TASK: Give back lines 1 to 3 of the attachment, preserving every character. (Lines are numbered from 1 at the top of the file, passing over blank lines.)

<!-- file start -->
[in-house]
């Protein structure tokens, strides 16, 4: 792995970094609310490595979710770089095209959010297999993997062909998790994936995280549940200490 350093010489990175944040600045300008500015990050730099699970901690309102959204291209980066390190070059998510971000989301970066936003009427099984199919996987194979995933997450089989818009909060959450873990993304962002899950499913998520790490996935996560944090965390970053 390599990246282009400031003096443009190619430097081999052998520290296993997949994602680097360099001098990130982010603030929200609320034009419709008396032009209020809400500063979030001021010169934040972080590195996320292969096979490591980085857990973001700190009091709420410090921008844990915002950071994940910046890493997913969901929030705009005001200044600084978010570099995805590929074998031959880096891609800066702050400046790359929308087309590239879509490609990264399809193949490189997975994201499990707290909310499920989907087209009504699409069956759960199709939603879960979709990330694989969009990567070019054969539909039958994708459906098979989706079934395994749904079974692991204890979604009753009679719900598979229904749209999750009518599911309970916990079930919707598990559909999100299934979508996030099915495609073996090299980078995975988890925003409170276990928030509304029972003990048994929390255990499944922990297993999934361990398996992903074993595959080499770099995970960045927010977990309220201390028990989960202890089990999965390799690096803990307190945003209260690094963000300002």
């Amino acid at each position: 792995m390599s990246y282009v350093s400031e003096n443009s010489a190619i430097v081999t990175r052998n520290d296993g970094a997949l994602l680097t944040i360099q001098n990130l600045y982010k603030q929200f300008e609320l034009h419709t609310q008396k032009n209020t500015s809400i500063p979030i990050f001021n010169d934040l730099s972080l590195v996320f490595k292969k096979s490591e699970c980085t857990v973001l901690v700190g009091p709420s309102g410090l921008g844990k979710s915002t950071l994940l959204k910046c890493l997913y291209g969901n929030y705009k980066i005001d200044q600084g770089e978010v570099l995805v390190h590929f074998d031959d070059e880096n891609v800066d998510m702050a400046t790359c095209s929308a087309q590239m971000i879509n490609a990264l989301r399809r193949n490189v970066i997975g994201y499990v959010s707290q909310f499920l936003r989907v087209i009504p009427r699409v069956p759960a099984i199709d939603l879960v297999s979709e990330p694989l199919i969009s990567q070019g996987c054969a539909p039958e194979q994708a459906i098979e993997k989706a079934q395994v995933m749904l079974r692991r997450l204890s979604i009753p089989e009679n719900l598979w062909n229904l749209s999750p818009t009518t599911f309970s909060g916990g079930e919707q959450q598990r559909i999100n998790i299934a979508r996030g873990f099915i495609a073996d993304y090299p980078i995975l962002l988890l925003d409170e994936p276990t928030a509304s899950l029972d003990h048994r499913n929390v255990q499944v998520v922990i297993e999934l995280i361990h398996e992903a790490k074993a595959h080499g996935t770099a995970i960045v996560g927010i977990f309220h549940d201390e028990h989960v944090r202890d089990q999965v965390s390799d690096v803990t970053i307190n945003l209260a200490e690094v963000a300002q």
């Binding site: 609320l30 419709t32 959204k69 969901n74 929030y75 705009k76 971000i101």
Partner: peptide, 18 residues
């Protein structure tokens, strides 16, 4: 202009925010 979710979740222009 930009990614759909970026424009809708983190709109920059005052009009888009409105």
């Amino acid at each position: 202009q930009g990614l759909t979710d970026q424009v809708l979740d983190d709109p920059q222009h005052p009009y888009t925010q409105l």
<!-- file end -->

[in-house]
């Protein structure tokens, strides 16, 4: 792995970094609310490595979710770089095209959010297999993997062909998790994936995280549940200490 350093010489990175944040600045300008500015990050730099699970901690309102959204291209980066390190070059998510971000989301970066936003009427099984199919996987194979995933997450089989818009909060959450873990993304962002899950499913998520790490996935996560944090965390970053 390599990246282009400031003096443009190619430097081999052998520290296993997949994602680097360099001098990130982010603030929200609320034009419709008396032009209020809400500063979030001021010169934040972080590195996320292969096979490591980085857990973001700190009091709420410090921008844990915002950071994940910046890493997913969901929030705009005001200044600084978010570099995805590929074998031959880096891609800066702050400046790359929308087309590239879509490609990264399809193949490189997975994201499990707290909310499920989907087209009504699409069956759960199709939603879960979709990330694989969009990567070019054969539909039958994708459906098979989706079934395994749904079974692991204890979604009753009679719900598979229904749209999750009518599911309970916990079930919707598990559909999100299934979508996030099915495609073996090299980078995975988890925003409170276990928030509304029972003990048994929390255990499944922990297993999934361990398996992903074993595959080499770099995970960045927010977990309220201390028990989960202890089990999965390799690096803990307190945003209260690094963000300002």
């Amino acid at each position: 792995m390599s990246y282009v350093s400031e003096n443009s010489a190619i430097v081999t990175r052998n520290d296993g970094a997949l994602l680097t944040i360099q001098n990130l600045y982010k603030q929200f300008e609320l034009h419709t609310q008396k032009n209020t500015s809400i500063p979030i990050f001021n010169d934040l730099s972080l590195v996320f490595k292969k096979s490591e699970c980085t857990v973001l901690v700190g009091p709420s309102g410090l921008g844990k979710s915002t950071l994940l959204k910046c890493l997913y291209g969901n929030y705009k980066i005001d200044q600084g770089e978010v570099l995805v390190h590929f074998d031959d070059e880096n891609v800066d998510m702050a400046t790359c095209s929308a087309q590239m971000i879509n490609a990264l989301r399809r193949n490189v970066i997975g994201y499990v959010s707290q909310f499920l936003r989907v087209i009504p009427r699409v069956p759960a099984i199709d939603l879960v297999s979709e990330p694989l199919i969009s990567q070019g996987c054969a539909p039958e194979q994708a459906i098979e993997k989706a079934q395994v995933m749904l079974r692991r997450l204890s979604i009753p089989e009679n719900l598979w062909n229904l749209s999750p818009t009518t599911f309970s909060g916990g079930e919707q959450q598990r559909i999100n998790i299934a979508r996030g873990f099915i495609a073996d993304y090299p980078i995975l962002l988890l925003d409170e994936p276990t928030a509304s899950l029972d003990h048994r499913n929390v255990q499944v998520v922990i297993e999934l995280i361990h398996e992903a790490k074993a595959h080499g996935t770099a995970i960045v996560g927010i977990f309220h549940d201390e028990h989960v944090r202890d089990q999965v965390s390799d690096v803990t970053i307190n945003l209260a200490e690094v963000a300002q």